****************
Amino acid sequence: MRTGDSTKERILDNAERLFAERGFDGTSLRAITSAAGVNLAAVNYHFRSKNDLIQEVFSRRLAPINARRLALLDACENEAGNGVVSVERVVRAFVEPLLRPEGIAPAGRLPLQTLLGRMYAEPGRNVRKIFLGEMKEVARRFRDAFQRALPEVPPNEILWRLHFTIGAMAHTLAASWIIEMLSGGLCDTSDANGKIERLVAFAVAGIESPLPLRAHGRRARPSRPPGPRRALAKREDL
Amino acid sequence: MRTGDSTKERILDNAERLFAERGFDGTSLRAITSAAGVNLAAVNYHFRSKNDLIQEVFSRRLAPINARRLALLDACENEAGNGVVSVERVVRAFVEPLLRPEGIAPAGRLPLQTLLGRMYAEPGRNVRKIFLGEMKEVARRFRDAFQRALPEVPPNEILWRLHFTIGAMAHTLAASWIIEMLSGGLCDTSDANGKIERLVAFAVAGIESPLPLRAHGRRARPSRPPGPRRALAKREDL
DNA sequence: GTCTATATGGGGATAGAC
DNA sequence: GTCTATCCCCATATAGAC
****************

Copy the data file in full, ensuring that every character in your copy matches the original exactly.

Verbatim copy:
Amino acid sequence: MRTGDSTKERILDNAERLFAERGFDGTSLRAITSAAGVNLAAVNYHFRSKNDLIQEVFSRRLAPINARRLALLDACENEAGNGVVSVERVVRAFVEPLLRPEGIAPAGRLPLQTLLGRMYAEPGRNVRKIFLGEMKEVARRFRDAFQRALPEVPPNEILWRLHFTIGAMAHTLAASWIIEMLSGGLCDTSDANGKIERLVAFAVAGIESPLPLRAHGRRARPSRPPGPRRALAKREDL
Amino acid sequence: MRTGDSTKERILDNAERLFAERGFDGTSLRAITSAAGVNLAAVNYHFRSKNDLIQEVFSRRLAPINARRLALLDACENEAGNGVVSVERVVRAFVEPLLRPEGIAPAGRLPLQTLLGRMYAEPGRNVRKIFLGEMKEVARRFRDAFQRALPEVPPNEILWRLHFTIGAMAHTLAASWIIEMLSGGLCDTSDANGKIERLVAFAVAGIESPLPLRAHGRRARPSRPPGPRRALAKREDL
DNA sequence: GTCTATATGGGGATAGAC
DNA sequence: GTCTATCCCCATATAGAC